From The Economist print edition
Russian hypocrisy and heavy-handedness towards a former colony
CLUMSINESS on one hand, unprecedented bullying on the other. That is the story of Russia's reaction to Estonia's decision to move a Soviet-era war memorial and 12 unmarked graves from a prominent position in the capital, Tallinn, to its international military cemetery.
Handled better, the move might have ruffled fewer feathers. But Estonia's prime minister, Andrus Ansip, first raised the issue for party advantage. He wanted his Reform party, founded by zealously free-market ex-communists, to pinch some patriotic votes from other centre-right parties in the March parliamentary elections. His country is now paying a colossal political, social and diplomatic price.
After the Estonian authorities sealed off the monument last weekend, hundreds of people, mostly from the 300,000-strong ethnic Russian population, rioted in Tallinn. They attacked the main theatre and the Academy of Arts, chanting “Fuck Estonia”, and “Russia, Russia”. Secondary-school pupils unfurled a banner outside parliament reading “USSR forever”. The supposed aim was to protect the war memorial—a bronze “liberator” that Estonians see as a symbol of their country's decades-long enslavement by the Soviet Union. But the main activity was looting. Dozens of shops were raided. The police, initially overwhelmed, made 1,000 arrests. One man was stabbed to death—in a row with another looter, Estonia says.
The rioting was not wholly spontaneous. Russian embassy officials had previously met leading protesters in curious places such as a botanical garden, according to pictures leaked by local spy-catchers. After the riot, another front opened: state websites were swamped by attacks from computers with Kremlin IP addresses.
That was swiftly followed by a blockade of Estonia's embassy in Moscow by protesters from Kremlin-run youth movements; they have attacked it with eggs, stones, paint and deafening music, ripped down the flag, and jostled the ambassador. They now threaten to demolish the embassy on May 9th, a public holiday that marks Soviet victory in Europe. Estonia has protested. So has NATO, mildly. Russia says it has stepped up security and blames Estonia for “stoking tensions”.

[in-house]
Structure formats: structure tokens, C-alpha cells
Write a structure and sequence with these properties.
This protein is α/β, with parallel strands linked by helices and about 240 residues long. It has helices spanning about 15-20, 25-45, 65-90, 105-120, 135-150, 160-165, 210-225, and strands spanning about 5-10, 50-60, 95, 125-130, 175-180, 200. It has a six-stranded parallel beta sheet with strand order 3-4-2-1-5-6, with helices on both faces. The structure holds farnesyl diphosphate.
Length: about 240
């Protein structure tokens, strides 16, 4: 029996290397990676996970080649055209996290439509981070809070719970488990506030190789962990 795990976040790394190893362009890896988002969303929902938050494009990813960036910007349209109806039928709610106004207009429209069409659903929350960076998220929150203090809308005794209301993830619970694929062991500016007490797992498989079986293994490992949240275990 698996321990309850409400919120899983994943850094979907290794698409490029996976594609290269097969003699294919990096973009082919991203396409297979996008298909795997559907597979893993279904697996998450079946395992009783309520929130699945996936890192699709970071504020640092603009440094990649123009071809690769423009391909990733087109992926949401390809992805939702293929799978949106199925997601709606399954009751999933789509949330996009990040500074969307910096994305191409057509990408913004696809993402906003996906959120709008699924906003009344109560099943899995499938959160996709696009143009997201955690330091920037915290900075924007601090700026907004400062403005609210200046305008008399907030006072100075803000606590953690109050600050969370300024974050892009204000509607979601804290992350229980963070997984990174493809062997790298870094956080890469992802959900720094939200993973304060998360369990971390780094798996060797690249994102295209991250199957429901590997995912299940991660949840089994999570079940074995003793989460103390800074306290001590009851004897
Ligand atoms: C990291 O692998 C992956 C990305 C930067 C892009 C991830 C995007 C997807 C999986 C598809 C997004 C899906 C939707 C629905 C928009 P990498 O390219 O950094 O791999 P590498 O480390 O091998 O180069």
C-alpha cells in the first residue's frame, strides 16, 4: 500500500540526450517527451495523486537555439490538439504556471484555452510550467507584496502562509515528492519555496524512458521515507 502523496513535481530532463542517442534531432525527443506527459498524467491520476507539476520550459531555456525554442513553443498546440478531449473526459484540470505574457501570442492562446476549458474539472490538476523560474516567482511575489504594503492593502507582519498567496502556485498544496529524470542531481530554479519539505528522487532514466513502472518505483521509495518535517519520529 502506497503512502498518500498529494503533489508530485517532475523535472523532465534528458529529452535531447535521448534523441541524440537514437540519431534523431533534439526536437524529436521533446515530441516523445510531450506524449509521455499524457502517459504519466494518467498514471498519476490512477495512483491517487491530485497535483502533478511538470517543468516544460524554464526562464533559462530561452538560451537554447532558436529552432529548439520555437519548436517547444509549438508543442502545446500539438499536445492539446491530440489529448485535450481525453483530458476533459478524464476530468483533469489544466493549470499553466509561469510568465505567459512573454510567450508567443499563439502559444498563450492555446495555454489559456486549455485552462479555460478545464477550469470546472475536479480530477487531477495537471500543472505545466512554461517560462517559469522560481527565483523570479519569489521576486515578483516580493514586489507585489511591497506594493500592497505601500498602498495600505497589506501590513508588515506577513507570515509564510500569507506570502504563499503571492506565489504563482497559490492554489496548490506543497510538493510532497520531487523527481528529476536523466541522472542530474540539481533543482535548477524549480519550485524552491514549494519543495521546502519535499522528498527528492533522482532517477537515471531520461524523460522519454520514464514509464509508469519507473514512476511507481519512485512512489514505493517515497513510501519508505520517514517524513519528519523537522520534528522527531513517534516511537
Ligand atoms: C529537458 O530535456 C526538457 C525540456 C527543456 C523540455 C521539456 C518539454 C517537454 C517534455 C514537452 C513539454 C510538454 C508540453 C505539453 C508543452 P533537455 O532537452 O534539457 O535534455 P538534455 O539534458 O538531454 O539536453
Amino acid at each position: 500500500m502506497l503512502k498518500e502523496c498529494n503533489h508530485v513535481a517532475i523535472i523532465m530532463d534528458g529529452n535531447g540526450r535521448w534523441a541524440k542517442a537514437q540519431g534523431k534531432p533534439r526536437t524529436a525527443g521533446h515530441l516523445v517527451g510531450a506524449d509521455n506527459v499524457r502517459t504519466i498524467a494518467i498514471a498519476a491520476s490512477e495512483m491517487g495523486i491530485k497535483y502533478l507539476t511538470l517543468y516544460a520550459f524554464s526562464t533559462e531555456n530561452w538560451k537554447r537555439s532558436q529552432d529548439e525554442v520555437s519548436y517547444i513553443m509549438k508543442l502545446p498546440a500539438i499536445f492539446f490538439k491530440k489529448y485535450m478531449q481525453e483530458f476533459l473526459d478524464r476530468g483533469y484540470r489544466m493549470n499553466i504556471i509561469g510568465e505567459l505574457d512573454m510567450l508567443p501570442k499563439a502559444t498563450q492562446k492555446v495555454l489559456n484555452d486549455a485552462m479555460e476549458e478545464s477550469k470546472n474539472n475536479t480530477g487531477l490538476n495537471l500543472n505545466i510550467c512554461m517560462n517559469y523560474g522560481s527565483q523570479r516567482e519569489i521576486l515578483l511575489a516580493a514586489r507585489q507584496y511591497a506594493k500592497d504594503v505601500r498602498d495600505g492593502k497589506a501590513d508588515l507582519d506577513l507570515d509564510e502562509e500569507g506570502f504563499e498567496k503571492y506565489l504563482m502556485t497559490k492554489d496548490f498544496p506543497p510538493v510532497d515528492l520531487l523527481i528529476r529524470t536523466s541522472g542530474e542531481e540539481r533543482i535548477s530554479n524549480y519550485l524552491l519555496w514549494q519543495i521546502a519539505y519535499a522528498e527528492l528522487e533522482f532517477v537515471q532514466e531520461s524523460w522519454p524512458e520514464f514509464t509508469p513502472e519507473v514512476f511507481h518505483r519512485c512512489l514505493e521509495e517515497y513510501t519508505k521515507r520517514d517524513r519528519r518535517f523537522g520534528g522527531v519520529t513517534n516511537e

Then on May 1st Russian oil and coal exports to Estonia stopped, pending railway “repairs”. Freight transit through the country is lucrative for Russian business. But like other threatened boycotts, the move will not hurt Estonia much. Previous Russian sanctions have forced Estonian firms to trade chiefly with the West. Still, gas supplies are truly vulnerable, while the thriving tourism industry is nervously counting cancelled bookings.
Russia's rhetorical onslaught has been ferocious. Ignoring the looting, media there claim that “anti-fascist schoolchildren” trying to stop Estonians “demolishing” the memorial were “tortured” by the “inhuman” police. Russia's foreign minister said Estonia was behaving “disgustingly”. A delegation of Russian politicians, invited to see that the monument had been moved, not demolished, called for the government's resignation before setting off. On arrival, they repeatedly insulted their hosts, while demanding that “political prisoners” be freed.
This has scary echoes for Estonians. In 1940 a Soviet delegation issued similarly phrased demands. Weeks later, Estonia was wiped off the map. The protests also sit oddly with the ruthless way that entirely peaceful and purely political protests are squashed in Russia, as well as with the often casual treatment of war memorials there.
Estonian nerves are jangling. The riots punctured the illusion that local Russians were integrating smoothly. Meanwhile a country that was for long a European darling has been left pitifully exposed by its allies' muted and belated response.